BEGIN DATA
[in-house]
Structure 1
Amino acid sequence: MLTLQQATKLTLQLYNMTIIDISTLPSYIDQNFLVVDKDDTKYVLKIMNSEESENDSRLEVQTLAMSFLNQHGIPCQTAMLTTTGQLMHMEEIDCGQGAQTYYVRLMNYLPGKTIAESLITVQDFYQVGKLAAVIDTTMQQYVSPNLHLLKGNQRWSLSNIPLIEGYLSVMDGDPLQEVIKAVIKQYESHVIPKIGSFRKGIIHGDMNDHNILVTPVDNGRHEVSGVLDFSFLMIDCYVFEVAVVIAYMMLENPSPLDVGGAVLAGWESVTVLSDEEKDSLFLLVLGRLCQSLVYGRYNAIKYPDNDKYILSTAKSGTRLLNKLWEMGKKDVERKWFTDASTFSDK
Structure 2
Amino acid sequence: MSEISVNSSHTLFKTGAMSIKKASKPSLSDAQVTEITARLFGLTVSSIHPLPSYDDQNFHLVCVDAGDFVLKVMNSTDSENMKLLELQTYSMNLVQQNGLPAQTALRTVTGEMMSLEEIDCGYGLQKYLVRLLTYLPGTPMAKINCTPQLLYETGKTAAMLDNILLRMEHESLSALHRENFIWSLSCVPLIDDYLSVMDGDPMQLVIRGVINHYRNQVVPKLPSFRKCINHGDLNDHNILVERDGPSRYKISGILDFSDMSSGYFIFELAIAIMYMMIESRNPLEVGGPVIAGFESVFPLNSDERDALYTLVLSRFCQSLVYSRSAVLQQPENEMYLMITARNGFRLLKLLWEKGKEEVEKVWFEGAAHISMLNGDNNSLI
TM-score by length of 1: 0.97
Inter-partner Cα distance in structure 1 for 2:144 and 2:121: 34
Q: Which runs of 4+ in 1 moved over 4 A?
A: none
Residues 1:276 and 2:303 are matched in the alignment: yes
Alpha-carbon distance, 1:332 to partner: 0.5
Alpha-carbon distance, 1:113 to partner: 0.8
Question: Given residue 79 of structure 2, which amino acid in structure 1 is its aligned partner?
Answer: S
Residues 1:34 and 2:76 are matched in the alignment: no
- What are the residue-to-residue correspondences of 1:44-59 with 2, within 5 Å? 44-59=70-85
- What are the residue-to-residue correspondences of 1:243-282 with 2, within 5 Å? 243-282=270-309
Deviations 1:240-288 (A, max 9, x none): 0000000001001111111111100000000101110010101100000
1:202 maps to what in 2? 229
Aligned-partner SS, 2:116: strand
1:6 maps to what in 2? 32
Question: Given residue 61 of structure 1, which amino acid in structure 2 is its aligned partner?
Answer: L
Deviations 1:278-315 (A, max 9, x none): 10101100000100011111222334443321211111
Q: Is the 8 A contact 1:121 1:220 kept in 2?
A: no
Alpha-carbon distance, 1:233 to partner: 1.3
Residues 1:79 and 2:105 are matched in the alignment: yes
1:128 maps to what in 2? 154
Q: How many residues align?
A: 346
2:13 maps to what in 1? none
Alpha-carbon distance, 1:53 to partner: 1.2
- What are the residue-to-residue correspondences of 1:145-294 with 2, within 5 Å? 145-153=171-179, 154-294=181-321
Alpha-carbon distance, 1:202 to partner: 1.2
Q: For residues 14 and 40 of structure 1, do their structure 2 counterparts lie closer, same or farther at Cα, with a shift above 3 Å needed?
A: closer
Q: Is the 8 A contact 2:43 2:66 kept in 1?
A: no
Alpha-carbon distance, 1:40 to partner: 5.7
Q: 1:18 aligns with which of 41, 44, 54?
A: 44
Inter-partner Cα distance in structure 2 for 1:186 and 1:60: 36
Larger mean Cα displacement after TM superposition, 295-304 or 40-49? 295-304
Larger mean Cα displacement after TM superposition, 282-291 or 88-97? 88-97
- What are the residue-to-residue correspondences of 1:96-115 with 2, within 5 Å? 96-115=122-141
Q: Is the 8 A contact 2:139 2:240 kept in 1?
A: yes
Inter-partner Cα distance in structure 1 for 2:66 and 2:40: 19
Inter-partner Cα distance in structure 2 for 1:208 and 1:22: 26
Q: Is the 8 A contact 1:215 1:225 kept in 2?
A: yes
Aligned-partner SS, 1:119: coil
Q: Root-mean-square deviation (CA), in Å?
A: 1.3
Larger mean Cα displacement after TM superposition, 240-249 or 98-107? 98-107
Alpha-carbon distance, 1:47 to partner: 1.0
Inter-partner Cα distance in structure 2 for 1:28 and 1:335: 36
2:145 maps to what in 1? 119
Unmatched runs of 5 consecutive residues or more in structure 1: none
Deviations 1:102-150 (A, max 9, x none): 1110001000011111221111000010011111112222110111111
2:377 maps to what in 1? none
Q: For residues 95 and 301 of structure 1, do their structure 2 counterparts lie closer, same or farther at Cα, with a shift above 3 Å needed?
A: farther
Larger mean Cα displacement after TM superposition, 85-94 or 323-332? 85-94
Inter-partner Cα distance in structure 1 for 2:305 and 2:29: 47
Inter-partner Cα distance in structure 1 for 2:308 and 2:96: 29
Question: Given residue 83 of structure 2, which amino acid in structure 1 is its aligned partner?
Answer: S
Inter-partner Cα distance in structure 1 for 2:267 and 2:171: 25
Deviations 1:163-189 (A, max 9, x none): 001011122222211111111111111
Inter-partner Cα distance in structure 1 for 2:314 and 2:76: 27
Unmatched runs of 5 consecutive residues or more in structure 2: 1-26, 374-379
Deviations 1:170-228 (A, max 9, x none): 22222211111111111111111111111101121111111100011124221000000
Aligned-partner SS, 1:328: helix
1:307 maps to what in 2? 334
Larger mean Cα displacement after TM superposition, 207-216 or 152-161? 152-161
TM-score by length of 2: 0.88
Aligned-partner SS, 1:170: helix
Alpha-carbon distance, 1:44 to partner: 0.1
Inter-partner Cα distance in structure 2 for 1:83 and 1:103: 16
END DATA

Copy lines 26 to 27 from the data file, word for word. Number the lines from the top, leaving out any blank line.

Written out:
A: no
Alpha-carbon distance, 1:233 to partner: 1.3